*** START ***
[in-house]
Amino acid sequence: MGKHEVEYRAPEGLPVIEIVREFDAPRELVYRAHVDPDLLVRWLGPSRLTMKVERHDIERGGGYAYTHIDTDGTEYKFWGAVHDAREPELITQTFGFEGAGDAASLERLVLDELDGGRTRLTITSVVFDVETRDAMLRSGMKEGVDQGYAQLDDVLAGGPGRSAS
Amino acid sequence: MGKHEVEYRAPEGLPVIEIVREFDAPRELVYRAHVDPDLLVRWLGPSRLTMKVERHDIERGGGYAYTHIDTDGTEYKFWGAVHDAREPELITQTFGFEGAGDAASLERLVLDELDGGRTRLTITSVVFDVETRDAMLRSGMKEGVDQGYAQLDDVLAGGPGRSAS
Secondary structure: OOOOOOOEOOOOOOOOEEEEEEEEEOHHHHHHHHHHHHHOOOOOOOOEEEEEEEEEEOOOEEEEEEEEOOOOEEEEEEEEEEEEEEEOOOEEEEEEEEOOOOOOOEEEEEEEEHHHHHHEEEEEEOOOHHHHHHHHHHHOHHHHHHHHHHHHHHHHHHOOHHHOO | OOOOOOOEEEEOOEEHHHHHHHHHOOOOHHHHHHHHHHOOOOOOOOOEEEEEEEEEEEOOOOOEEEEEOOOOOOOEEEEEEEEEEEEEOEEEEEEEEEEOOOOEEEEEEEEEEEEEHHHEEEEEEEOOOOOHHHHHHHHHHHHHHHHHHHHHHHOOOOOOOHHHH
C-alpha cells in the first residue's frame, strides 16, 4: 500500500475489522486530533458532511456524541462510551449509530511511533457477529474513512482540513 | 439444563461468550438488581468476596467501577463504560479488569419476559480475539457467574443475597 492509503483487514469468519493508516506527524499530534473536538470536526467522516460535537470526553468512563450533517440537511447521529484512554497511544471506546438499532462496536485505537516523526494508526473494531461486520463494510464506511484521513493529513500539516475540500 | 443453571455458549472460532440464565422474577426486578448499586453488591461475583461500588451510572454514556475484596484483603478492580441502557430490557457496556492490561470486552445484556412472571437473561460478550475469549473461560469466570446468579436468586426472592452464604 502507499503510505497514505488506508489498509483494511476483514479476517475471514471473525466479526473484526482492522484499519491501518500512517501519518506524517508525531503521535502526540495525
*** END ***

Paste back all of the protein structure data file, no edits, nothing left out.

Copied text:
[in-house]
Amino acid sequence: MGKHEVEYRAPEGLPVIEIVREFDAPRELVYRAHVDPDLLVRWLGPSRLTMKVERHDIERGGGYAYTHIDTDGTEYKFWGAVHDAREPELITQTFGFEGAGDAASLERLVLDELDGGRTRLTITSVVFDVETRDAMLRSGMKEGVDQGYAQLDDVLAGGPGRSAS
Amino acid sequence: MGKHEVEYRAPEGLPVIEIVREFDAPRELVYRAHVDPDLLVRWLGPSRLTMKVERHDIERGGGYAYTHIDTDGTEYKFWGAVHDAREPELITQTFGFEGAGDAASLERLVLDELDGGRTRLTITSVVFDVETRDAMLRSGMKEGVDQGYAQLDDVLAGGPGRSAS
Secondary structure: OOOOOOOEOOOOOOOOEEEEEEEEEOHHHHHHHHHHHHHOOOOOOOOEEEEEEEEEEOOOEEEEEEEEOOOOEEEEEEEEEEEEEEEOOOEEEEEEEEOOOOOOOEEEEEEEEHHHHHHEEEEEEOOOHHHHHHHHHHHOHHHHHHHHHHHHHHHHHHOOHHHOO | OOOOOOOEEEEOOEEHHHHHHHHHOOOOHHHHHHHHHHOOOOOOOOOEEEEEEEEEEEOOOOOEEEEEOOOOOOOEEEEEEEEEEEEEOEEEEEEEEEEOOOOEEEEEEEEEEEEEHHHEEEEEEEOOOOOHHHHHHHHHHHHHHHHHHHHHHHOOOOOOOHHHH
C-alpha cells in the first residue's frame, strides 16, 4: 500500500475489522486530533458532511456524541462510551449509530511511533457477529474513512482540513 | 439444563461468550438488581468476596467501577463504560479488569419476559480475539457467574443475597 492509503483487514469468519493508516506527524499530534473536538470536526467522516460535537470526553468512563450533517440537511447521529484512554497511544471506546438499532462496536485505537516523526494508526473494531461486520463494510464506511484521513493529513500539516475540500 | 443453571455458549472460532440464565422474577426486578448499586453488591461475583461500588451510572454514556475484596484483603478492580441502557430490557457496556492490561470486552445484556412472571437473561460478550475469549473461560469466570446468579436468586426472592452464604 502507499503510505497514505488506508489498509483494511476483514479476517475471514471473525466479526473484526482492522484499519491501518500512517501519518506524517508525531503521535502526540495525